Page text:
Now imagine if members of the conservation movement spoke and wrote freely, openly and honestly about their views, absent concern. Imagine if a greater number of conservationists and normal, everyday people chose to challenge the norm and speak out. There would certainly be more options and a greater diversity of content available to help others, people like you and me, make up their minds on important issues. There would be fresh ideas, possibly more viable and productive than those that prevail at present, there would be new approaches to conservation deadlocks and, potentially, unheard and unrecognised solutions to many problems currently impacting upon the natural world. There may be more spats and disagreements too; though at least things wouldn’t be one-sided.
This post is not intended as a rant against the towering figures currently shaping the conservation movement in our country, though I admit it may sound like such. Such people do an awful lot of good for their respective causes and despite being somewhat radical, shall we say, in their approaches, achieve a great deal. They are, however, just people – no more important than you or I – and together, have an uncanny knack for painting conservation as a one-way street. At present, if you disagree with something (in method or principal), you are labelled an apologist, and if you withhold judgement you are accused of fence-sitting. This should not be the case – conservation should be an open debate and whereas many will claim it is; it is clear to me that the views of many are being withheld or suppressed. Something which only harms our collective cause.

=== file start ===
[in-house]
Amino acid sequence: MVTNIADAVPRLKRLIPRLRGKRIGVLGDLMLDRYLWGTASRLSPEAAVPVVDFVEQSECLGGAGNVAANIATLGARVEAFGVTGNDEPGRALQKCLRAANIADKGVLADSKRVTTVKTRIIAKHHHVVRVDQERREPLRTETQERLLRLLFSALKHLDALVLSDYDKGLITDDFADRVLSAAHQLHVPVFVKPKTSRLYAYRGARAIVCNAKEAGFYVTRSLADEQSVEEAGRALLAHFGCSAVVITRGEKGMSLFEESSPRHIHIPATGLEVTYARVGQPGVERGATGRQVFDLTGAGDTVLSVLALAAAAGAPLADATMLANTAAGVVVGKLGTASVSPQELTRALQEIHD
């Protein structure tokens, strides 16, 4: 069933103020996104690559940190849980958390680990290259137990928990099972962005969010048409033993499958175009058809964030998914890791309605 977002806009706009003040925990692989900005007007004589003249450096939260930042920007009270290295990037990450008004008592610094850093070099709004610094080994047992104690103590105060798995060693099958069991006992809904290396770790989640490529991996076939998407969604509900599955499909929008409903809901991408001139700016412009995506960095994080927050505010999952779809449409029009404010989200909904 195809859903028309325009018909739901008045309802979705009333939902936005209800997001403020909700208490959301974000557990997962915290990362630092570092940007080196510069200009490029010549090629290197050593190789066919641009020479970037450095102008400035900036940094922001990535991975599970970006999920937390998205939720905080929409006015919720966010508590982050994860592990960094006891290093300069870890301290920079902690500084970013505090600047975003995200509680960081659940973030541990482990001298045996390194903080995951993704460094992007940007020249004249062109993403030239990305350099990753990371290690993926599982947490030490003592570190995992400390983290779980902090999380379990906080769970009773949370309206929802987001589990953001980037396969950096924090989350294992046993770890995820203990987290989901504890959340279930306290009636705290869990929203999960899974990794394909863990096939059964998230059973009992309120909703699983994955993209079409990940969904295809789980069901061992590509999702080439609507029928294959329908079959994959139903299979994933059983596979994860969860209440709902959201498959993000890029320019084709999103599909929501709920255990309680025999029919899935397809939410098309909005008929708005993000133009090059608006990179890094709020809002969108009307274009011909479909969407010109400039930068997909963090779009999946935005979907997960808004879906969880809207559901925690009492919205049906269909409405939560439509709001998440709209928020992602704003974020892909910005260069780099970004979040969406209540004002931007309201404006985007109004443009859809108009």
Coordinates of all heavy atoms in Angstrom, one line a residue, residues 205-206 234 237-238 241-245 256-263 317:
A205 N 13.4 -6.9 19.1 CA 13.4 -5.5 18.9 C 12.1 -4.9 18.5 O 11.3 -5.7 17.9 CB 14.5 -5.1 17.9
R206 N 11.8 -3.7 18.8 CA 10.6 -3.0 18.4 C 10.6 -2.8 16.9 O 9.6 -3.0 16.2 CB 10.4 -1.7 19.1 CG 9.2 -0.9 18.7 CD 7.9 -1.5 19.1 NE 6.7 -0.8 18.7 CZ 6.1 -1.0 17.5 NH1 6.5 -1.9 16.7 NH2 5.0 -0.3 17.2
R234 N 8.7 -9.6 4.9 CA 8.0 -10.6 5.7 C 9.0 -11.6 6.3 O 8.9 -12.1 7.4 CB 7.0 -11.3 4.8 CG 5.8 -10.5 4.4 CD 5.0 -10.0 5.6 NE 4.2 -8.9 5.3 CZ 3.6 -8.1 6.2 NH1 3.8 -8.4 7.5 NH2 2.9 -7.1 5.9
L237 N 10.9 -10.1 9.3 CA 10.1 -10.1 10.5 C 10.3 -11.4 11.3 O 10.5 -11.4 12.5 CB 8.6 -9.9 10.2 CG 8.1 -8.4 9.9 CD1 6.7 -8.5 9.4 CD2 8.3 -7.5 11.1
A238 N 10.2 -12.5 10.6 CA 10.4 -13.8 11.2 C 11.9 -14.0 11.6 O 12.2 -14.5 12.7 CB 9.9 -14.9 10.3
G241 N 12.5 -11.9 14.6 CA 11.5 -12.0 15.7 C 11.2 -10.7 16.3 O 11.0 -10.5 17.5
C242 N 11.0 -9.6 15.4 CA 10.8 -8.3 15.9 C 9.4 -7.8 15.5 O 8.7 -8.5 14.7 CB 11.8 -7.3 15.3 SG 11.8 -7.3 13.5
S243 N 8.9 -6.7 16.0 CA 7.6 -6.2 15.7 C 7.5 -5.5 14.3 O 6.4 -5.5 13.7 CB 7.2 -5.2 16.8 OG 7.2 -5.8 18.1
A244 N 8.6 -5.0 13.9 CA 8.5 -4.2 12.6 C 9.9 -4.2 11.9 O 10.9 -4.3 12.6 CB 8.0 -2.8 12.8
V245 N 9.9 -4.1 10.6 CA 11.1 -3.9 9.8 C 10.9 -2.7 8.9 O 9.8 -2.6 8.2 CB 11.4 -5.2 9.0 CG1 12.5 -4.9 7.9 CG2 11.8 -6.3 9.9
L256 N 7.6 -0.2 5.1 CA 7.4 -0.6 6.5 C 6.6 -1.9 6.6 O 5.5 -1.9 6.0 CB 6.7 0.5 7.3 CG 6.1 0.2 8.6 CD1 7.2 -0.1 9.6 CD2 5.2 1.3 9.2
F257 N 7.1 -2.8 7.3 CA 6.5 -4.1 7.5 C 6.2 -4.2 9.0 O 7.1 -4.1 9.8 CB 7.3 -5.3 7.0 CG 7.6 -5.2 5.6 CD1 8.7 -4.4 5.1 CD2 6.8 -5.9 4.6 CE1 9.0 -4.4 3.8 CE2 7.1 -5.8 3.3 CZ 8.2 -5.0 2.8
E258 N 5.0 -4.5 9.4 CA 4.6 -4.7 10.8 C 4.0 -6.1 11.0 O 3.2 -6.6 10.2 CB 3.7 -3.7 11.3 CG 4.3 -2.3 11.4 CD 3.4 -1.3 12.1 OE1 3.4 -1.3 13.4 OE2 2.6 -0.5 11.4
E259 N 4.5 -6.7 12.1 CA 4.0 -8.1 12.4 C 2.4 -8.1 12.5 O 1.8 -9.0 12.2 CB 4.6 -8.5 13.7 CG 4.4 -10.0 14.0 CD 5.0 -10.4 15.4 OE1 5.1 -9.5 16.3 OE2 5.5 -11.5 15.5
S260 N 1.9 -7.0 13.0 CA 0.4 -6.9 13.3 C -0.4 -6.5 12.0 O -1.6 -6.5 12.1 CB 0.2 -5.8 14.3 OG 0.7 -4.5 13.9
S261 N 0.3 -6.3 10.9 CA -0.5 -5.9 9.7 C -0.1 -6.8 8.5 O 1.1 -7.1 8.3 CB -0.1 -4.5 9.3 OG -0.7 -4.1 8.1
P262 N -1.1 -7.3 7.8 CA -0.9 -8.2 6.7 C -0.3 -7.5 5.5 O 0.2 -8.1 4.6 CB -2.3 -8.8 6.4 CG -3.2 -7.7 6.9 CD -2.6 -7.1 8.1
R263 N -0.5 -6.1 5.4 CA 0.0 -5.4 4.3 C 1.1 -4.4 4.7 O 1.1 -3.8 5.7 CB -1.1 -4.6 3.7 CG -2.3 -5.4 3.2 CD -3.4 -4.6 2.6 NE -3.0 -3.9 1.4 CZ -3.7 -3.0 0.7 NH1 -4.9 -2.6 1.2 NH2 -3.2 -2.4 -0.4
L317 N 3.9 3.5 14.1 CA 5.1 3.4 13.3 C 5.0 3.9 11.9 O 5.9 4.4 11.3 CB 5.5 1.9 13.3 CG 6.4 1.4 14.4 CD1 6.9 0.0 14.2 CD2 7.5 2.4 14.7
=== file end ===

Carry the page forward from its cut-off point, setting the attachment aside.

The internet, social media, online writing platforms and so forth can make being heard above the clamour incredibly difficult; though they also allow us to voice our concerns and propose alternatives with incredible ease. If I want to see one thing happen in the coming years it is the rise of freethinkers; those unafraid to break free of the echo chamber and have their say on incredibly important issues. Just as it is up to the conservation radicals to set the ball rolling, it is also up to the quiet moderates, pragmatists, realists and even the suppressed future figureheads to keep them in check, propose alternatives and, ultimately, to ensure diversity of thought in the environmental field. The stirrings of this are there plain as day – particularly prevalent in the youth nature movement – but evidently, there are many more people looking on in silence.
All of us are probably censoring ourselves more than we should, so if you have a view that contrasts with that of your peers, say it, unashamedly. Providing you do so in the correct manner, no one will hold it against you. And if they do, they are the ones who are wrong, not you.